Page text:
Diary of a busy practitioner, juggling work and family in lockdown somewhere in England
My daughter wearing the same pair of pants for three (term time) days midweek, watching so many historic X Factor auditions that she finally got to Sharon Osbourne throwing water over Louis Walsh, racing into the kitchen to tell us as if it had just happened, is only one of the things I never imagined happening this year.
Going to Ile de Re with my extended family - yes. Small child becoming obsessed with 15-year-old X Factor clips - no. Camping at our first festival as a family - yes. Seriously considering using fear as a discipline tool when trying to teach my children about trebuchets and split digraphs- not so much. Being asked to work more hours now my children are at school - perhaps. Being asked to work more hours with no school and no grandparents - no. Partnership - maybe if I was lucky. A pay cut - no.
And in the most recent addition to the topsy-turvy 2020 list, this super-conscientious, slightly competitive, academically-achieving mum and dad won’t be sending their DALC2 back to school when they reopen on Monday. And, of course, more than being all those things, we are desperate for childcare.
I had just assumed that, when the school reopened, she would go back. It was my husband who suggested maybe she shouldn’t. Now my husband didn’t let go of his mother’s hand outside of the house until he was 14, never climbed a tree, never went in the sea, literally never said boo to a goose. And he would prefer it if our children were the same. The main advantage of this type of parenting is that, if they aren’t wearing their knee pads when they fall off their scooter, or they do get ill from eating the dirt under their toenails, or the Bogeyman does actually get them, you can say 'I told you so'. You are always going to be in the right. So this was not entirely unexpected from him. She stays at home, she doesn’t get coronavirus. She goes to school and catches it - it won’t be his fault because he told me so.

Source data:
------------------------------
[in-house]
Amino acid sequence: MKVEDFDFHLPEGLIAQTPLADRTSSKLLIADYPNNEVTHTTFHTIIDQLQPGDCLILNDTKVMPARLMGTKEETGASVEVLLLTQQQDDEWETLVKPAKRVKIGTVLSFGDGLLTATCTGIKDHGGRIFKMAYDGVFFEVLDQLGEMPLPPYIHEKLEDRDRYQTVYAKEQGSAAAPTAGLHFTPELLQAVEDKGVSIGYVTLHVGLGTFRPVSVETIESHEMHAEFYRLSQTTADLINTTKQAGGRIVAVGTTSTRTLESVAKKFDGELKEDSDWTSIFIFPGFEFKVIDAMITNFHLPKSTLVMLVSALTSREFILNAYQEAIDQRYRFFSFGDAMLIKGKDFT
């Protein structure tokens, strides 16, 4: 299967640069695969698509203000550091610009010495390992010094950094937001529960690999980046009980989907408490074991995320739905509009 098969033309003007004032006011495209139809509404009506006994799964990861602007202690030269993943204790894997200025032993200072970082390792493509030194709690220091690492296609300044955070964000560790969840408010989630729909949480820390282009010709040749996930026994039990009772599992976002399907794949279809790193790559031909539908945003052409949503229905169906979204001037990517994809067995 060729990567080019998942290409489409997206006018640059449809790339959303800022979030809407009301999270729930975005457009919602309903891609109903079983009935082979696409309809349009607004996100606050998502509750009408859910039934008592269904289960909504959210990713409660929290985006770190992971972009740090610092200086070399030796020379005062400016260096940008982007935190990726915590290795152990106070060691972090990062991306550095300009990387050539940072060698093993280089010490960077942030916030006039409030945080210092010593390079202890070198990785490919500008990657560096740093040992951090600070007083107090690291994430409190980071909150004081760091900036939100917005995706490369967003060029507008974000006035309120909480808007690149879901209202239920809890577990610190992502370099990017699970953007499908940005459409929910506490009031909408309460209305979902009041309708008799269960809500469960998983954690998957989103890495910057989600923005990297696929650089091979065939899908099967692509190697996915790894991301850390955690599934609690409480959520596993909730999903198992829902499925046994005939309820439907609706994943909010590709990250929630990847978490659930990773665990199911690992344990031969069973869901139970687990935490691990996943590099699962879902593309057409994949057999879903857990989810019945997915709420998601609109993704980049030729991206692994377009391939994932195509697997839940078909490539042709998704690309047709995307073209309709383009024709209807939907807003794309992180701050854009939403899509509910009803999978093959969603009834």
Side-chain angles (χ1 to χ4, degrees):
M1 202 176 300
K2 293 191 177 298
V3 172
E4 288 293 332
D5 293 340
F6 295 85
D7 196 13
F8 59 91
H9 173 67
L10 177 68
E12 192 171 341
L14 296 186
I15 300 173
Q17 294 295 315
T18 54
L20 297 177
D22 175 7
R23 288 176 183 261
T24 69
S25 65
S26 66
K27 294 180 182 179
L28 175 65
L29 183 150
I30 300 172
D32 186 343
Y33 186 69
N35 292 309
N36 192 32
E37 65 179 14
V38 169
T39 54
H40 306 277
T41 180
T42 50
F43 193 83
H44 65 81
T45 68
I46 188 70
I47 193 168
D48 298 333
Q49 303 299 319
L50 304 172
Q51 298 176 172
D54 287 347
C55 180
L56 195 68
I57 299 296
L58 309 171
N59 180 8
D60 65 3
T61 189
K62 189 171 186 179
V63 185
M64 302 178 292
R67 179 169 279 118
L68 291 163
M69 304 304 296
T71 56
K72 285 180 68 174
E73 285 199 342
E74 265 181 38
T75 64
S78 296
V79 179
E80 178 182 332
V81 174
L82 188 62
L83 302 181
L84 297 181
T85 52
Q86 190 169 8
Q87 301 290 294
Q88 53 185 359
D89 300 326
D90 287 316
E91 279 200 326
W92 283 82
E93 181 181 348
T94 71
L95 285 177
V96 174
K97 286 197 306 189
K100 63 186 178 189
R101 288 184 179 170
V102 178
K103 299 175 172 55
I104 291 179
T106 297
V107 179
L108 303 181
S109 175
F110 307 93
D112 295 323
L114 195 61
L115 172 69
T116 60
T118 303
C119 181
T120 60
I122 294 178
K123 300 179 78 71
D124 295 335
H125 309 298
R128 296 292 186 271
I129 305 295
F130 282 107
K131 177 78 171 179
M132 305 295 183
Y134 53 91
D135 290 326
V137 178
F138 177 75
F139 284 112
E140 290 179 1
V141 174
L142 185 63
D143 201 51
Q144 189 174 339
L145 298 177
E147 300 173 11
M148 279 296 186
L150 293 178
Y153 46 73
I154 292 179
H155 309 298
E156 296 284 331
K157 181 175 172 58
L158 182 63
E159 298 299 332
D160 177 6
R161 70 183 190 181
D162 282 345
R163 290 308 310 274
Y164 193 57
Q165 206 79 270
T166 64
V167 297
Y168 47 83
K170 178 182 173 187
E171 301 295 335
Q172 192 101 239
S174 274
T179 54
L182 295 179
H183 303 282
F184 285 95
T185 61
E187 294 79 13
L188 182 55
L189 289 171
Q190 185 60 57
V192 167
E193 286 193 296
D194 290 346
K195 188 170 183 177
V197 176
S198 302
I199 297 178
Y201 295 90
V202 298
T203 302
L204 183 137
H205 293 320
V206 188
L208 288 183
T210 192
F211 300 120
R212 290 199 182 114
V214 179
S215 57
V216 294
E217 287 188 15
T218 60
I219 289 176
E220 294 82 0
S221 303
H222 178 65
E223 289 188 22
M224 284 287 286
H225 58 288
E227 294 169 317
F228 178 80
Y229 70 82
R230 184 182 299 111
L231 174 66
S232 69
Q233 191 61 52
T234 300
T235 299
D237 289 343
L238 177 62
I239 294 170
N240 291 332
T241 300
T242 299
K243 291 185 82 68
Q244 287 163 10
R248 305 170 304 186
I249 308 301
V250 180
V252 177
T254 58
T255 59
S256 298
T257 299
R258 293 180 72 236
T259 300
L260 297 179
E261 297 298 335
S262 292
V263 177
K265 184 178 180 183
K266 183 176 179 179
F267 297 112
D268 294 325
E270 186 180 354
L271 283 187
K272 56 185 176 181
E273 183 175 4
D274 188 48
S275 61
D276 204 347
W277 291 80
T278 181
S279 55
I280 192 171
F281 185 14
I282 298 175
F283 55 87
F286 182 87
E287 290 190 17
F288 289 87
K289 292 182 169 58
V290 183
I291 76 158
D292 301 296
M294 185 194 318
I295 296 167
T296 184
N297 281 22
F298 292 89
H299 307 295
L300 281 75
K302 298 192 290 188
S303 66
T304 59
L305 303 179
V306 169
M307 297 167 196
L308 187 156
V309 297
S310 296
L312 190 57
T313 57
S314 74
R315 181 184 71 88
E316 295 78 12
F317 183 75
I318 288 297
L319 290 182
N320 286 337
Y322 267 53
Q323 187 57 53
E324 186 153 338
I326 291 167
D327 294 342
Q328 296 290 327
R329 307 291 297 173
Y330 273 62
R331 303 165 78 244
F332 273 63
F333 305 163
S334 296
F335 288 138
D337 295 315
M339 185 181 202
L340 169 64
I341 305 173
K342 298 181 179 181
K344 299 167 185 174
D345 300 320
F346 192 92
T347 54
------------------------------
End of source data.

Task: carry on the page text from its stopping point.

Now usually I can win him round with my slightly more cavalier attitude to safety, and he will admit that me pushing him slightly out of his comfort zone at all times is what makes our marriage happy and our family ever willing to grasp interesting opportunities. I think that’s what he says. It might be what I say. Either way, on this one I knew I couldn’t just overrule him.
And the point of this column is to say that we looked at the pros and cons, for us, of sending our little miss stormtrooper back to school, and that, no doubt, they are different to yours.
When she’s not watching Clips of Cowell, DALC1 is extremely high-maintenance. For us, therefore, one of the biggest factors was the fact that she would still be at home. This crazy half-life we are currently living, doing tough jobs whilst also being teachers, midday assistants, school cleaners and, you know, parents, will continue until they are both outta that door.
Some have said that we have the luxury of the choice. To be honest, it doesn’t feel like a luxury. It feels like very hard work. But I take the point. If we both worked in supermarkets or hospitals we wouldn’t have so much of a choice.
Having considered the lack of a benefit for us, we thought about the benefit for her. DALC2 loves being at home with her toys. She doesn’t seek social interaction or miss her friends.
The curriculum in school is going to be the same as the work sent home, and she is easy to teach. She is still four. So again, for her, no particular benefit.
Then we looked at the risks. We have kept in proportion the risk to her, which of course is small. But having the 'luxury' to be able to weigh up all factors, we did consider our teacher friends, some of whom have health problems, and that if we can keep the teachers’ 'bubbles' smaller at this stage maybe we should. We also looked at the fact that her leaving the house each day and mixing with 10 other children, who might have been on a crowded beach at the weekend, is never going to be as safe as her staying at home.
All my friends are in different positions. One, another solicitor, is sending both children back to nursery next week. She is satisfied with their hygiene arrangements and other guidelines. One, a doctor married to a nurse, has had her daughter in nursery throughout. One friend, furloughed, with a Year Six child, has decided to keep her at home because she will never have this opportunity to spend time with her again. These are all really good decisions.
With more text messages passing between us each day as we’ve made our decisions than coronavirus tests being carried out by the government, it was my dad who said something that has had the most impact on me. 'It just doesn’t matter', he said. He’s right. All children in the world are having their education disrupted. For now, whether they are in school, or sitting at home, no doubt soon shouting 'It’s Chico Time!', they are going to be fine.
*Some facts and identities have been altered in the above article